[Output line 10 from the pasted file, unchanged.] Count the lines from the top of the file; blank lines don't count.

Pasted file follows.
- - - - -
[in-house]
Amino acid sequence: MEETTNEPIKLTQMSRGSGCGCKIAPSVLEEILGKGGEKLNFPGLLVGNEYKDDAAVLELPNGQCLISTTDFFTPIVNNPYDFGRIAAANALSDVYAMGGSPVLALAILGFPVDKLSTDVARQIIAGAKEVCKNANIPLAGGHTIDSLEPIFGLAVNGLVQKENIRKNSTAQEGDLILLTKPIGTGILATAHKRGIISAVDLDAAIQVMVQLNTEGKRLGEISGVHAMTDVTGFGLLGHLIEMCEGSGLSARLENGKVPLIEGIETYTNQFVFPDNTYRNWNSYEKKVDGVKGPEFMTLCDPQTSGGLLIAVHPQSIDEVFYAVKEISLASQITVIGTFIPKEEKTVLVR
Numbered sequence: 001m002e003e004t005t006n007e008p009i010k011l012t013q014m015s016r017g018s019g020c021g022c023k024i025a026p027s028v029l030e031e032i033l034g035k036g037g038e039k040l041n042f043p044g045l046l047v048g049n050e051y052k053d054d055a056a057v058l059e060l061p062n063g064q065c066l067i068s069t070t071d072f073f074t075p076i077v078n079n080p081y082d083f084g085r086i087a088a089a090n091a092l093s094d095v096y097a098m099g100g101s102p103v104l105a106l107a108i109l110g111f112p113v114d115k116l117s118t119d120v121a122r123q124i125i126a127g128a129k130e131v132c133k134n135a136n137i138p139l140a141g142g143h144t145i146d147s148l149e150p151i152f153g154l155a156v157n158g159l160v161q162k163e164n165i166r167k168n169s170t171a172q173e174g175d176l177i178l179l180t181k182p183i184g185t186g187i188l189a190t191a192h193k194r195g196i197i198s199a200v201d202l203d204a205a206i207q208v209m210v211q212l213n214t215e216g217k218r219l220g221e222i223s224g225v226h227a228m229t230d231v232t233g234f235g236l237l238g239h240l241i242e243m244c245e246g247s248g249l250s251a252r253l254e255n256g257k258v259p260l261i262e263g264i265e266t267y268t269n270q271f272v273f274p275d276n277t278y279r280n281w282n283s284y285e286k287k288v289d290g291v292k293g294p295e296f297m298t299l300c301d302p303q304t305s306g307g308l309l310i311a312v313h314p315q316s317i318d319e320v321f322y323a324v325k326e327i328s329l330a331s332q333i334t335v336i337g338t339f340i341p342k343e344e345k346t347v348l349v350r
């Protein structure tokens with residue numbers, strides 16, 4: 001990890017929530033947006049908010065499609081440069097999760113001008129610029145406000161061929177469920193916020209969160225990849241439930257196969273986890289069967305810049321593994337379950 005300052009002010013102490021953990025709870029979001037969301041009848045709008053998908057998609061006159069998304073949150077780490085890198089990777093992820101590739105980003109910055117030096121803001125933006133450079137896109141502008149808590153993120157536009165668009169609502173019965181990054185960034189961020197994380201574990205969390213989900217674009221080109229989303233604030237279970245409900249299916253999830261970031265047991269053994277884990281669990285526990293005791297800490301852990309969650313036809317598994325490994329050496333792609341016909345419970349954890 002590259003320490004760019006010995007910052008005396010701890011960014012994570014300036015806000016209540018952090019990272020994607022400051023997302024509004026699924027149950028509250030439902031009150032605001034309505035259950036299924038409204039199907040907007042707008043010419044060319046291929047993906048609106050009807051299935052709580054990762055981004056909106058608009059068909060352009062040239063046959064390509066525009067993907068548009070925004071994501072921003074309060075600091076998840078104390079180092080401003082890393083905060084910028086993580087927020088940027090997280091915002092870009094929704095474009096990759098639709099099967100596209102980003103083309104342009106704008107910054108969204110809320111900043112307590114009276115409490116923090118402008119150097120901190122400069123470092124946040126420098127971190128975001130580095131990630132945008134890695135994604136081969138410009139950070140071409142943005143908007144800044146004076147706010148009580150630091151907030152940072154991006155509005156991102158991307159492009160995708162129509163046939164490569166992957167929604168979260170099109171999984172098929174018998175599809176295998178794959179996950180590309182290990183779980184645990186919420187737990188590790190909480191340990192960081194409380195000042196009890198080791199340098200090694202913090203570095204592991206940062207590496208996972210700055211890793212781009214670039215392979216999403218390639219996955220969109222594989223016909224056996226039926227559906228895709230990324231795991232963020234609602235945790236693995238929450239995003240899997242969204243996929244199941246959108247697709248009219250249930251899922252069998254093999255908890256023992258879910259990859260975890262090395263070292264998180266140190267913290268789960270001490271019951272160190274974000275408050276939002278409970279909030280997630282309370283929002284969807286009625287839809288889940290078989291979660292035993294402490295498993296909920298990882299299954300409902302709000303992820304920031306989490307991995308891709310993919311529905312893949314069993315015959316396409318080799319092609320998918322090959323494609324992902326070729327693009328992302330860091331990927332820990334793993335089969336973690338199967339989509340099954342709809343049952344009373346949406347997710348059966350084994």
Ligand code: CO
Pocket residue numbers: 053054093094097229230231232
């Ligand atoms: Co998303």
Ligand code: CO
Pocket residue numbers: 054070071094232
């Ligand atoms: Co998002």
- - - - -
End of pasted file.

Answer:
């Ligand atoms: Co998002």